Data sharing between public and private actors in the public interest

The New Institute | Jewgeni Roppel


Data sharing between public and private actors in the public interest

From the City of Hamburg to other European cities: A first (local) legal assessment towards a legal blueprint

In today's rapidly transforming economy and society, data has become the meta-utility with the potential to revolutionize how we work, live, and travel. Nowhere is this more evident than in cities, where a multitude of digital devices and sensors generate an abundance of data, encompassing almost every aspect of urban life. Despite this data treasure trove, its potential for public good has remained largely untapped, primarily due to data residing in private silos and scarce fair private-public sharing arrangements. This is problematic since data is a key element to creating more democratic and sustainable futures. Therefore, there needs to be a better understanding and, more importantly, a better framework for governing and sharing data in the public interest – and blueprints for how private-public data sharing can work.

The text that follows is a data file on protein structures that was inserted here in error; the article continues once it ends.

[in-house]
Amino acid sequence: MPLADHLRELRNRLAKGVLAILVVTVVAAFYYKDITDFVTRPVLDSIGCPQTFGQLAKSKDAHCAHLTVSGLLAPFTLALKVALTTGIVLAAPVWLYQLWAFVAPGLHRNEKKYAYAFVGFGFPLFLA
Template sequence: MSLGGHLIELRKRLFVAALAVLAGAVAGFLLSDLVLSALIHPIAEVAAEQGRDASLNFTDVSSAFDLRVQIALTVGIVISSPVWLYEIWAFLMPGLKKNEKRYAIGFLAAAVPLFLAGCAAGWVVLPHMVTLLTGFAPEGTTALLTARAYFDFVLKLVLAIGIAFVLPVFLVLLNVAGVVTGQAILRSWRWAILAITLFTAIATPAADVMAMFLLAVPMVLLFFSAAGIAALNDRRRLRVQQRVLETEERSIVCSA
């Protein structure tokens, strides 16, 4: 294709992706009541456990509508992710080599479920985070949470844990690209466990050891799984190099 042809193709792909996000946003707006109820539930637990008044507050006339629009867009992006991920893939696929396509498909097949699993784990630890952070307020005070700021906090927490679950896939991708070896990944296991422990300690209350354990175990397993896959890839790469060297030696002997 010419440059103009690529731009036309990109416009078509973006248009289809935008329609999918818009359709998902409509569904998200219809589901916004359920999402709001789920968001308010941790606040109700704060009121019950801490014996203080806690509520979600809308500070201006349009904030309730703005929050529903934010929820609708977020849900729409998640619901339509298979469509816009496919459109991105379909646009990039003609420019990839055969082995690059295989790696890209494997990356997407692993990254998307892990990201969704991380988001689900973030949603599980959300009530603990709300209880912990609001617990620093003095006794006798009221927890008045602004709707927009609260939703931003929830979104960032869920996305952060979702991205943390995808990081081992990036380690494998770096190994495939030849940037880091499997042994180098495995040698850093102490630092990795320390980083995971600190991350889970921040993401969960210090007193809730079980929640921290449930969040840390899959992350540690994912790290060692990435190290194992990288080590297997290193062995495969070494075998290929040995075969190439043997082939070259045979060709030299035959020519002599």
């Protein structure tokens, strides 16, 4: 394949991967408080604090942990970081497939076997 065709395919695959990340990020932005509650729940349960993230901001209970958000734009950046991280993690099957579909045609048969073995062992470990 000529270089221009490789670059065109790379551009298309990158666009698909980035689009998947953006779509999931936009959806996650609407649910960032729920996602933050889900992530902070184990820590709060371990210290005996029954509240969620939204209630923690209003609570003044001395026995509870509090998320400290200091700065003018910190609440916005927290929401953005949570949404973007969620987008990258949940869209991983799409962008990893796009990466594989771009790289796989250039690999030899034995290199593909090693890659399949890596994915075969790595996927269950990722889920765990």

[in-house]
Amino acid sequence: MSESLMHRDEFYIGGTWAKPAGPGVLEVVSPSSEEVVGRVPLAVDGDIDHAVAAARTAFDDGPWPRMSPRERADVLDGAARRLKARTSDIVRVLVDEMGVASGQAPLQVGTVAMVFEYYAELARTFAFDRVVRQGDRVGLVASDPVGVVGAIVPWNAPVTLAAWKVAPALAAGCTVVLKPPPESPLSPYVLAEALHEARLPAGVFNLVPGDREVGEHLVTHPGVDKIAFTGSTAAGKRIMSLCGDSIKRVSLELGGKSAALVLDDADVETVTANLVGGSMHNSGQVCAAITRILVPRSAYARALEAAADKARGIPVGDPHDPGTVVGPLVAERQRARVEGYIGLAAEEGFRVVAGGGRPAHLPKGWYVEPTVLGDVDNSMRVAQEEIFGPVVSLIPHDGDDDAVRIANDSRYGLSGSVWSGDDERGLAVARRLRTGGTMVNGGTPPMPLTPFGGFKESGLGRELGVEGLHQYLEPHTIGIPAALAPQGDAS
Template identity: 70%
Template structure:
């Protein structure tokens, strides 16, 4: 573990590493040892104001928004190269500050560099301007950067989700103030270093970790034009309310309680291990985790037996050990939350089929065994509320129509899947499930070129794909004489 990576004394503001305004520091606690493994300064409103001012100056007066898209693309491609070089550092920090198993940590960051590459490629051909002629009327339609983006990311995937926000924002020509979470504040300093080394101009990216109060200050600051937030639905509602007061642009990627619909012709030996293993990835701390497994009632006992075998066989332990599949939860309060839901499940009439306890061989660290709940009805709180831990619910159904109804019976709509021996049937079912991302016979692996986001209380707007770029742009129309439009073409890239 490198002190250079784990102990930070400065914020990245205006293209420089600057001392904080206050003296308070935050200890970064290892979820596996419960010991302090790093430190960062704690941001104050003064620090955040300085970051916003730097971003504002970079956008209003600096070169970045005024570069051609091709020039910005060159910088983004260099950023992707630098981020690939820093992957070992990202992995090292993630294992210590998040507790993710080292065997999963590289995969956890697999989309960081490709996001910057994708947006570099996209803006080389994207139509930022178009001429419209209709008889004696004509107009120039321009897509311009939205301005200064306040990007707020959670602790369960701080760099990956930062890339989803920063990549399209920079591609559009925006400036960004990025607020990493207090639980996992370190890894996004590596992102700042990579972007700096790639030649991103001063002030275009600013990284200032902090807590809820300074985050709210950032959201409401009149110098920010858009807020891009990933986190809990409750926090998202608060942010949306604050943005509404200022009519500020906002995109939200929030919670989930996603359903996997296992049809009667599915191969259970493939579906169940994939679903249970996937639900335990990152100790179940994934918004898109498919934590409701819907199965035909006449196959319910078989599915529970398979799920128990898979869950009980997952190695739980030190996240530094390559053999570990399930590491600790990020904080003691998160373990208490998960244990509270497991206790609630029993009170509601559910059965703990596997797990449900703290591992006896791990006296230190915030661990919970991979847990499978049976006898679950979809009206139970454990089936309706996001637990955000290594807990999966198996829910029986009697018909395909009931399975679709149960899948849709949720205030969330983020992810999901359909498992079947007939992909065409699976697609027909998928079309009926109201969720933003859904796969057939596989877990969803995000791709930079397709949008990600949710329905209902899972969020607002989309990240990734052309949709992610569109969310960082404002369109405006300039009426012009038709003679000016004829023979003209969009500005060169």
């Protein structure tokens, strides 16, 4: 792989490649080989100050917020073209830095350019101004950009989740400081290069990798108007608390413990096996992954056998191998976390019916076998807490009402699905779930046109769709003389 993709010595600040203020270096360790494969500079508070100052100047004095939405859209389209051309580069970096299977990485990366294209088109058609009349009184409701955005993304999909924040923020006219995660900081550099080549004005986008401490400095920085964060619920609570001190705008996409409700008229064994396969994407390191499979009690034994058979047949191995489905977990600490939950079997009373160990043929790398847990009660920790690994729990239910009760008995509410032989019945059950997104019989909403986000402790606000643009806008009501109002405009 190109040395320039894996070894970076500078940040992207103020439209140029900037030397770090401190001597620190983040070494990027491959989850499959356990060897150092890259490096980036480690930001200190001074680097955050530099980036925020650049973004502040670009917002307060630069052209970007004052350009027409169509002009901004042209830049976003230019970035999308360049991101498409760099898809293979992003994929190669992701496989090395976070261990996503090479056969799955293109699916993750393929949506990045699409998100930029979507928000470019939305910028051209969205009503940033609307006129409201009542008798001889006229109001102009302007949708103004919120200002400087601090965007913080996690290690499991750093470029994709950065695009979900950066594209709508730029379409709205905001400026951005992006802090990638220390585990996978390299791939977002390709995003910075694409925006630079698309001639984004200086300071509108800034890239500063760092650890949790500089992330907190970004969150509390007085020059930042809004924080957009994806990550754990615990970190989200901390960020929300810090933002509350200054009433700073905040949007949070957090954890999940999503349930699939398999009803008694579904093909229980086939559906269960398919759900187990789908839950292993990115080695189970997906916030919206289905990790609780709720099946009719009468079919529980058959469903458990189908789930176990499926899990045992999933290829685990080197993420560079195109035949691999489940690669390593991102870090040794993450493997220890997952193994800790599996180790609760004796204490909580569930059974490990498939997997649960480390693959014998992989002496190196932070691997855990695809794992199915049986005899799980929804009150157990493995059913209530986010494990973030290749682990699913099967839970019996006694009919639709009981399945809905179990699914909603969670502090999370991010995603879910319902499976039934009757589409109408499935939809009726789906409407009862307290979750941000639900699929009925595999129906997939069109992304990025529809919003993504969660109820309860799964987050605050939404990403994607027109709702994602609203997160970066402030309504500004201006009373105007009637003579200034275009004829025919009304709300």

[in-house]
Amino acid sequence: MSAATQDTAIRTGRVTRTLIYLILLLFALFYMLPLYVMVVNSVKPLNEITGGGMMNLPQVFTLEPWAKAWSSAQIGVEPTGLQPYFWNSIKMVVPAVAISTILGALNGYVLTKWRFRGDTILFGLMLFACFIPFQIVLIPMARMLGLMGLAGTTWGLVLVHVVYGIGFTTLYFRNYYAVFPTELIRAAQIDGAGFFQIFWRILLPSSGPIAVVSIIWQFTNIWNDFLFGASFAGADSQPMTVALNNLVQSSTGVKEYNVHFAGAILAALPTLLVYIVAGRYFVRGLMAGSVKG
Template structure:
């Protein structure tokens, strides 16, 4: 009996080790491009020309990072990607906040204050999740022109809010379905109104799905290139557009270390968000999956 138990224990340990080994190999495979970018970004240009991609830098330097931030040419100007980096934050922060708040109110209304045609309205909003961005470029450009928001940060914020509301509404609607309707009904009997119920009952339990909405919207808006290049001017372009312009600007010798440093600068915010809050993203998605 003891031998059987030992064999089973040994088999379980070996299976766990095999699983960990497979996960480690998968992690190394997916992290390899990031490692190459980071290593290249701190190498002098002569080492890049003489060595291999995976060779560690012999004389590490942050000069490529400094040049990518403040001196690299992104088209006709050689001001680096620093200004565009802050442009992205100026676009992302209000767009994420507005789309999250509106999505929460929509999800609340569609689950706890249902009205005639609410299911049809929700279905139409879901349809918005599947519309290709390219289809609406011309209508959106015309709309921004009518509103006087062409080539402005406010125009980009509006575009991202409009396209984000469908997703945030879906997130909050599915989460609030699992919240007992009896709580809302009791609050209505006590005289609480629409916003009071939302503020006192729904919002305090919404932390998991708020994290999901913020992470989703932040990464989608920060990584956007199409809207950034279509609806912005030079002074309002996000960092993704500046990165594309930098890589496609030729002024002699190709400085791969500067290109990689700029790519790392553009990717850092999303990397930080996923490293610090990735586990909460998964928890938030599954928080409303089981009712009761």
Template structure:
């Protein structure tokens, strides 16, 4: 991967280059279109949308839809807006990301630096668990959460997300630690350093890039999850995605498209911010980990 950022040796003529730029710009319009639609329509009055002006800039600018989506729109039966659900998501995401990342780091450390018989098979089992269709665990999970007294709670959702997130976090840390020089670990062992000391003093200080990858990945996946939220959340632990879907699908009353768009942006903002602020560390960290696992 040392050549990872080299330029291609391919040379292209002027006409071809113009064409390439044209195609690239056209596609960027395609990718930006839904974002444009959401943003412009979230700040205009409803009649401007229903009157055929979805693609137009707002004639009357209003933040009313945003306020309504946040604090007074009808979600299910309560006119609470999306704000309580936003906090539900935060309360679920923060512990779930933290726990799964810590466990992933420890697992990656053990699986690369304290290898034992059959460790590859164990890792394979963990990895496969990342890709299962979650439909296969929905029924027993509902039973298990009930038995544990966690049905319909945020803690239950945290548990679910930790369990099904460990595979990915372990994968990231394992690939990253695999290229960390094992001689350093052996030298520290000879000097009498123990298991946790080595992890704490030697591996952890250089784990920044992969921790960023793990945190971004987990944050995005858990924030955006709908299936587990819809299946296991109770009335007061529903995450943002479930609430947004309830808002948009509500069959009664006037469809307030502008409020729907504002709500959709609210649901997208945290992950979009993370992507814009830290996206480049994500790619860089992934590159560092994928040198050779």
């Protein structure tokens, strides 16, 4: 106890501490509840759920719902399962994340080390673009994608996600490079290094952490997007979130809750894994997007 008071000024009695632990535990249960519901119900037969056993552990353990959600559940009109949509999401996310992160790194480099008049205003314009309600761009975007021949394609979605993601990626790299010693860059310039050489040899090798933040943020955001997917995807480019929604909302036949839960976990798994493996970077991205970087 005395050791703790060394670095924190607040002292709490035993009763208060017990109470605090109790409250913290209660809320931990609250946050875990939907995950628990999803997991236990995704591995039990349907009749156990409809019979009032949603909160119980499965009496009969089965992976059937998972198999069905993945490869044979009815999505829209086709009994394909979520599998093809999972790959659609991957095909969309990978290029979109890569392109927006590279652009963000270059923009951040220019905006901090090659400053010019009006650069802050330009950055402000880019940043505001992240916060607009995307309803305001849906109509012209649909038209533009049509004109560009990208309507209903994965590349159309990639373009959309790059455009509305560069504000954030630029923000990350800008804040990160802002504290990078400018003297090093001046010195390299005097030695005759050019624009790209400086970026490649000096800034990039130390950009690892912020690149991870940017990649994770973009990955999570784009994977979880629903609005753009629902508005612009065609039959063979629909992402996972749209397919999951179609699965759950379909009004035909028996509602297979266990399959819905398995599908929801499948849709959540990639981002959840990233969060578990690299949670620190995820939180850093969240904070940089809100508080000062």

Addressing this issue, The New Hanse investigates and tests next-generation data sharing agreements and governance models that facilitate Business-to-Government-to-Society (B2G2S) data sharing, which means the sharing of data between the private, public and third sectors at the city level. At the core of this initiative is the Urban Data Challenge Hamburg, facilitating the exchange of private and public micromobility data to drive green and sustainable innovation and enhance urban planning for the benefit of citizens. This experiment allows us to draw conclusions from hands-on testing to achieve the desired objective of data sharing for the public interest.